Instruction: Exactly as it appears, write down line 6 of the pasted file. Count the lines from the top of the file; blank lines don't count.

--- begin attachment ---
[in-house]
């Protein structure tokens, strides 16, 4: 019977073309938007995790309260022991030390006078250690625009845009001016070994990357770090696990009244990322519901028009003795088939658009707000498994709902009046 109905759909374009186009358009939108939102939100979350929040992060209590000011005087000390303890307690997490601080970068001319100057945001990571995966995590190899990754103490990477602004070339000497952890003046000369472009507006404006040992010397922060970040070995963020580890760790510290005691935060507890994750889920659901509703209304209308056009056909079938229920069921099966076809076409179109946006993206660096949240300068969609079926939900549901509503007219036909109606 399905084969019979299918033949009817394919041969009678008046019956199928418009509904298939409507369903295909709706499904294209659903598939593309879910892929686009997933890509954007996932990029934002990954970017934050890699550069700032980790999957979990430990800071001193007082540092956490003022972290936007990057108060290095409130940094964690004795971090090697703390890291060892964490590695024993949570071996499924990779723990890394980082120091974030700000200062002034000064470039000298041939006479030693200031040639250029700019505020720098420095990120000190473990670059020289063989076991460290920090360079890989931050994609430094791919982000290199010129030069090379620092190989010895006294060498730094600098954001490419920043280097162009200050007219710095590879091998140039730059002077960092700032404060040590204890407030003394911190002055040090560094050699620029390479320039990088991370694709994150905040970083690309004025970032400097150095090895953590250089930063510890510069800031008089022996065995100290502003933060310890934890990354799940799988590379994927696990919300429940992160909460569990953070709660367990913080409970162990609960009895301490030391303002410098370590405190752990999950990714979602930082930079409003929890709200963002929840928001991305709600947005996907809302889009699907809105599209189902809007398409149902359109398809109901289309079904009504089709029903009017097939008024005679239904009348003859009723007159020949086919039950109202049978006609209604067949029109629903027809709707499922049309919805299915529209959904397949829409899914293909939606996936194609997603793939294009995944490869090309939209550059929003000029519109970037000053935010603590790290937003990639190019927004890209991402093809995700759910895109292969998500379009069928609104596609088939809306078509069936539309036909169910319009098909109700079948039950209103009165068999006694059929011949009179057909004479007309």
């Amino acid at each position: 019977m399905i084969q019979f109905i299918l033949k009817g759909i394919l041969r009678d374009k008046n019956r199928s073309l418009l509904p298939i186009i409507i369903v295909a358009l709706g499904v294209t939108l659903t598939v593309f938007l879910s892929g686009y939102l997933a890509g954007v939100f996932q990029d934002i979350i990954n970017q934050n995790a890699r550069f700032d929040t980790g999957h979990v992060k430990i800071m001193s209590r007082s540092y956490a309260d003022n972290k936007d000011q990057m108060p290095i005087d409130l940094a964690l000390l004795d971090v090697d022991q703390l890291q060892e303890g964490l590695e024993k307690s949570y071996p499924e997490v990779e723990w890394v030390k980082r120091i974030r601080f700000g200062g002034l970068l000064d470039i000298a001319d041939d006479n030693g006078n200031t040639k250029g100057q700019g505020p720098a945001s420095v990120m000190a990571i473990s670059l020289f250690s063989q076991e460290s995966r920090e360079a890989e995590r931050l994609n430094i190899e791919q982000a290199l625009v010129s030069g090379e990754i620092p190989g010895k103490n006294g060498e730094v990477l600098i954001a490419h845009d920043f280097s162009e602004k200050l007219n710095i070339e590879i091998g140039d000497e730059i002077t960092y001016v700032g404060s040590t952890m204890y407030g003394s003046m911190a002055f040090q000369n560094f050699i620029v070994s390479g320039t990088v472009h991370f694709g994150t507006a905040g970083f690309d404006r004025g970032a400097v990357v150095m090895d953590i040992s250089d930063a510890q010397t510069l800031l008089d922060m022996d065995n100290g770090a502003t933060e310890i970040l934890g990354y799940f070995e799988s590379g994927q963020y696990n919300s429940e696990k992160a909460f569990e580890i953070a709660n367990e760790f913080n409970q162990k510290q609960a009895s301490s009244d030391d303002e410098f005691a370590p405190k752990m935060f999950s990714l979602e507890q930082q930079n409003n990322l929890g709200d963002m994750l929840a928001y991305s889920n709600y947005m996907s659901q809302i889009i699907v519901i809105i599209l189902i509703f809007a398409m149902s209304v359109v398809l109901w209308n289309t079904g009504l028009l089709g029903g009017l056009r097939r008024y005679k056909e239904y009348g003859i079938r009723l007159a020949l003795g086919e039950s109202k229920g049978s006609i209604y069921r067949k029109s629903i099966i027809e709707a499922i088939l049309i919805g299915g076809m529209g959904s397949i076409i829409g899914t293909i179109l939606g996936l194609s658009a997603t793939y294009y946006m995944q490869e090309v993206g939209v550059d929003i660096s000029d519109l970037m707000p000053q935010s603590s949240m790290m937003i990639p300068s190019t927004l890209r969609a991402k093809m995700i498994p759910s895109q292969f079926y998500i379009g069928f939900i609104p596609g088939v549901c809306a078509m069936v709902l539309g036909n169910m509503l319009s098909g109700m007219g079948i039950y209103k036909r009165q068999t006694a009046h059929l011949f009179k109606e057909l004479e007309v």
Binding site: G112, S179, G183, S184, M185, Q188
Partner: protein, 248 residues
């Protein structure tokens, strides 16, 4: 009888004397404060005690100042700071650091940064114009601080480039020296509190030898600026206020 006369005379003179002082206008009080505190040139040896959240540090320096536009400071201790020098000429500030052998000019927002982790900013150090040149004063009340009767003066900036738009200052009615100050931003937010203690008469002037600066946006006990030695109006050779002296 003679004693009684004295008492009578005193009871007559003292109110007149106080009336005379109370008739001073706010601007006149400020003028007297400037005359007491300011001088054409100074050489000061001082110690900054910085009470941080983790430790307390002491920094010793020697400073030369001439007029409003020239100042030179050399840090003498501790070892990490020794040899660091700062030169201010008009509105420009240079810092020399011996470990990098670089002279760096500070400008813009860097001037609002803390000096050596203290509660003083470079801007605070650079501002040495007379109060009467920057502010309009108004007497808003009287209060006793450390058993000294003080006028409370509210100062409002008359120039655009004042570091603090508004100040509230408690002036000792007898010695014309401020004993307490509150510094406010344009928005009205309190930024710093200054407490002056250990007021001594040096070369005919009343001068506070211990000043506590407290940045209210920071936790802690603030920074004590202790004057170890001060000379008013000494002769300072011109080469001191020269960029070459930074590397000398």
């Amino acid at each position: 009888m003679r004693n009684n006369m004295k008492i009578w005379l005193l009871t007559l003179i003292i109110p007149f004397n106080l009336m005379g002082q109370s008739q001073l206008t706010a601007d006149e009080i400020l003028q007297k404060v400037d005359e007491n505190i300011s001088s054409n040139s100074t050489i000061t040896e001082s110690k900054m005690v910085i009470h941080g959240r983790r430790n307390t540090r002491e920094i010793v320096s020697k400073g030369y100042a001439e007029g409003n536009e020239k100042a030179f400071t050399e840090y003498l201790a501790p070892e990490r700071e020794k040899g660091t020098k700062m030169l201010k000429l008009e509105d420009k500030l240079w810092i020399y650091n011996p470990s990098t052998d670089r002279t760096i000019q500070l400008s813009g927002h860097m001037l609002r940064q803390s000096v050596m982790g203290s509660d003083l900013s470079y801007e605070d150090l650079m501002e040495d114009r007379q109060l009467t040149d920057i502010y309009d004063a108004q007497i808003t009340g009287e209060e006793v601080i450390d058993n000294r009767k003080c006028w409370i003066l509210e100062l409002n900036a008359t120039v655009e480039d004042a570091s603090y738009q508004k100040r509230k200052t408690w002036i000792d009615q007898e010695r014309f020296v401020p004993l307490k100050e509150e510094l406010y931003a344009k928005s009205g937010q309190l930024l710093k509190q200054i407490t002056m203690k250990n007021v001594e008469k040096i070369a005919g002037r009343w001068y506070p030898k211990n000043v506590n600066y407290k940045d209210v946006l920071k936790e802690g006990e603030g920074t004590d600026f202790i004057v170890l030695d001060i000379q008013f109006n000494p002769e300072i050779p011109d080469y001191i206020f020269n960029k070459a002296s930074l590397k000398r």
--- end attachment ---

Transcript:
């Protein structure tokens, strides 16, 4: 009888004397404060005690100042700071650091940064114009601080480039020296509190030898600026206020 006369005379003179002082206008009080505190040139040896959240540090320096536009400071201790020098000429500030052998000019927002982790900013150090040149004063009340009767003066900036738009200052009615100050931003937010203690008469002037600066946006006990030695109006050779002296 003679004693009684004295008492009578005193009871007559003292109110007149106080009336005379109370008739001073706010601007006149400020003028007297400037005359007491300011001088054409100074050489000061001082110690900054910085009470941080983790430790307390002491920094010793020697400073030369001439007029409003020239100042030179050399840090003498501790070892990490020794040899660091700062030169201010008009509105420009240079810092020399011996470990990098670089002279760096500070400008813009860097001037609002803390000096050596203290509660003083470079801007605070650079501002040495007379109060009467920057502010309009108004007497808003009287209060006793450390058993000294003080006028409370509210100062409002008359120039655009004042570091603090508004100040509230408690002036000792007898010695014309401020004993307490509150510094406010344009928005009205309190930024710093200054407490002056250990007021001594040096070369005919009343001068506070211990000043506590407290940045209210920071936790802690603030920074004590202790004057170890001060000379008013000494002769300072011109080469001191020269960029070459930074590397000398």